What does it mean for a child to have what mental health experts call “executive functioning issues,” and how can a parent help?
It basically means the child struggles to plan, organize and manage life at both school and home in an age-appropriate manner, says Odey Raviv of Glen Cove, an academic coach who has a Ph.D. in special education.
He or she likely has time-management problems, including deciding how long homework may take to complete, knowing how to break an assignment into parts, and resisting distraction, Raviv says.
Many kids are bright enough to overcome the deficit until the demands outstrip their ability to hold everything together in middle school, high school or even college, he says.
Parents can help in the following ways, Raviv says:
-- For issues such as getting out of the house in the morning, help the child construct a checklist of what needs to be done and post it in the bedroom and bathroom.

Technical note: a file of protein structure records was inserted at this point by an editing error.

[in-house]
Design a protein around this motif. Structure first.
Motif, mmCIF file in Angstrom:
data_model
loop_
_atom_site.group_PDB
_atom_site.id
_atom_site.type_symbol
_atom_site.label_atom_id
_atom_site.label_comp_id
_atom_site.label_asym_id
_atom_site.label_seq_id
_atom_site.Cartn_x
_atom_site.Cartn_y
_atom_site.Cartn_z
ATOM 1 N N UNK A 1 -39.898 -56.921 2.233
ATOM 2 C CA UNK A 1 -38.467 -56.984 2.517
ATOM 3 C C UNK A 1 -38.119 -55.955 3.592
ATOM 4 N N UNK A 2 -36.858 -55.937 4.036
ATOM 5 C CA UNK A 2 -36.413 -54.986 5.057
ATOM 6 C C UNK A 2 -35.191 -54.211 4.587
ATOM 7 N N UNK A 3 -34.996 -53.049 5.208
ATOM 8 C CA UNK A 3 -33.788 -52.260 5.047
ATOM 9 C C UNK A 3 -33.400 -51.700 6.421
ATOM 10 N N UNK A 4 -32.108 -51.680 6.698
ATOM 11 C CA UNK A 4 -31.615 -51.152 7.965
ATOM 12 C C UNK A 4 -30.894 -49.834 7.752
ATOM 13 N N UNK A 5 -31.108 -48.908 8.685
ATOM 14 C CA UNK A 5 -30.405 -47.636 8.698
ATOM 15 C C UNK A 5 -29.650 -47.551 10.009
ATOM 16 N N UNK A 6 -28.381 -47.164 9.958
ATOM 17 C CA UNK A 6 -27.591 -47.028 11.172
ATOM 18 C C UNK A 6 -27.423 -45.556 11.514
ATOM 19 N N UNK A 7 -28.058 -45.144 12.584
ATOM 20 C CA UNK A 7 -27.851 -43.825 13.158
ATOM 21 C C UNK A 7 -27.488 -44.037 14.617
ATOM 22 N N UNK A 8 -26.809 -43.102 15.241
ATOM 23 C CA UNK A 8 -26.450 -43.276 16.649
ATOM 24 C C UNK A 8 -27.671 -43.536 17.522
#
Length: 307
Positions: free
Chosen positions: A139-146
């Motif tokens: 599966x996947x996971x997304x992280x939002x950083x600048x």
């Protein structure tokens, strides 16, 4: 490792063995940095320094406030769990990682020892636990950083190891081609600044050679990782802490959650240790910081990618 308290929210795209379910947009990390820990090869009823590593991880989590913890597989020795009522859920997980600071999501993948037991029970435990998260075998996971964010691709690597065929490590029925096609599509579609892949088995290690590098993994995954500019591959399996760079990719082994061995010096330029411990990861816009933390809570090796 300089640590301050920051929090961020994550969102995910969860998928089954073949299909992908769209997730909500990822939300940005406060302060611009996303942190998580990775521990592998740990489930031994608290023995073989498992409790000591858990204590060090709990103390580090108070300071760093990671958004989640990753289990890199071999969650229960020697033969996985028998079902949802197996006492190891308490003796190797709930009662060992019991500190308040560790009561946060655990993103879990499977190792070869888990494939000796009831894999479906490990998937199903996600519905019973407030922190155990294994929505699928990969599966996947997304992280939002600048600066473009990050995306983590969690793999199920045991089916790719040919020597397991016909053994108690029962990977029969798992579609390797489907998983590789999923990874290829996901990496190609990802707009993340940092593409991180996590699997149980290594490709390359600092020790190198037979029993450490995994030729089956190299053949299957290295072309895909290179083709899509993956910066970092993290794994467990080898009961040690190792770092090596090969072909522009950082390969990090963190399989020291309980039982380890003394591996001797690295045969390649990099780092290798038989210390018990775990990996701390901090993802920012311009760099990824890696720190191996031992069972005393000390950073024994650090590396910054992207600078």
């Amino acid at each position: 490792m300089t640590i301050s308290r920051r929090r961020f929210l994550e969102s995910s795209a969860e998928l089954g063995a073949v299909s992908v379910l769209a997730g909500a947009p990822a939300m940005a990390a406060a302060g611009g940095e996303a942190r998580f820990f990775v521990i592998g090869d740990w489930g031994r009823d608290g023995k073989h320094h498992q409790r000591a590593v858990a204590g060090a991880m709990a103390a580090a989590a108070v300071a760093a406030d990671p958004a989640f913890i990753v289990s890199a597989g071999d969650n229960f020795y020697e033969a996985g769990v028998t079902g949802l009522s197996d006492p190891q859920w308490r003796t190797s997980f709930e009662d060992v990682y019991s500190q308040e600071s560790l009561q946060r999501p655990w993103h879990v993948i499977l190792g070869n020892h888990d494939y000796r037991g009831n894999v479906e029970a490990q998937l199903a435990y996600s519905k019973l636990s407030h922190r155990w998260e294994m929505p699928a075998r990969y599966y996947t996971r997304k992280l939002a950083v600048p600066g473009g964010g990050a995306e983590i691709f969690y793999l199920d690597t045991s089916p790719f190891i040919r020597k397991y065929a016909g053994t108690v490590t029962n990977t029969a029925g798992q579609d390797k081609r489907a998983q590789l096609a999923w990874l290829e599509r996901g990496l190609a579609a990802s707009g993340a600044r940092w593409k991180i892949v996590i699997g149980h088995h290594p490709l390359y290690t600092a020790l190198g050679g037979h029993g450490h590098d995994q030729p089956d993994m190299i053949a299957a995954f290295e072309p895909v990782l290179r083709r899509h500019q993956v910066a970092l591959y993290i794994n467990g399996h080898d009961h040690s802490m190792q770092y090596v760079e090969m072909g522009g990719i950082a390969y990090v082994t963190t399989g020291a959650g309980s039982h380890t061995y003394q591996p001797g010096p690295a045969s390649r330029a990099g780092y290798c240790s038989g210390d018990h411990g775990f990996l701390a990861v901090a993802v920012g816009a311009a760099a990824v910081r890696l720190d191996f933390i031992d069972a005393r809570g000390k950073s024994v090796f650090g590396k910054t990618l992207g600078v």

-- For homework, encourage the child to use an agenda. After school, help the child set priorities on what needs to be done and determine how long each task will likely take. Write it down so the child can follow the structure.
-- If a child constantly forgets to write down homework assignments, for instance, award a check mark for each day he remembers and at the end of the week provide a reward such as extra time on the computer or renting a movie.
-- If an assignment doesn’t go well, give the child a chance to reflect on why. If it goes well, review what helped it go smoothly.
When a parent has been as patient and creative as possible and the child is still struggling, it may be time to have the child tested and/or coached by a mental health professional, Raviv says.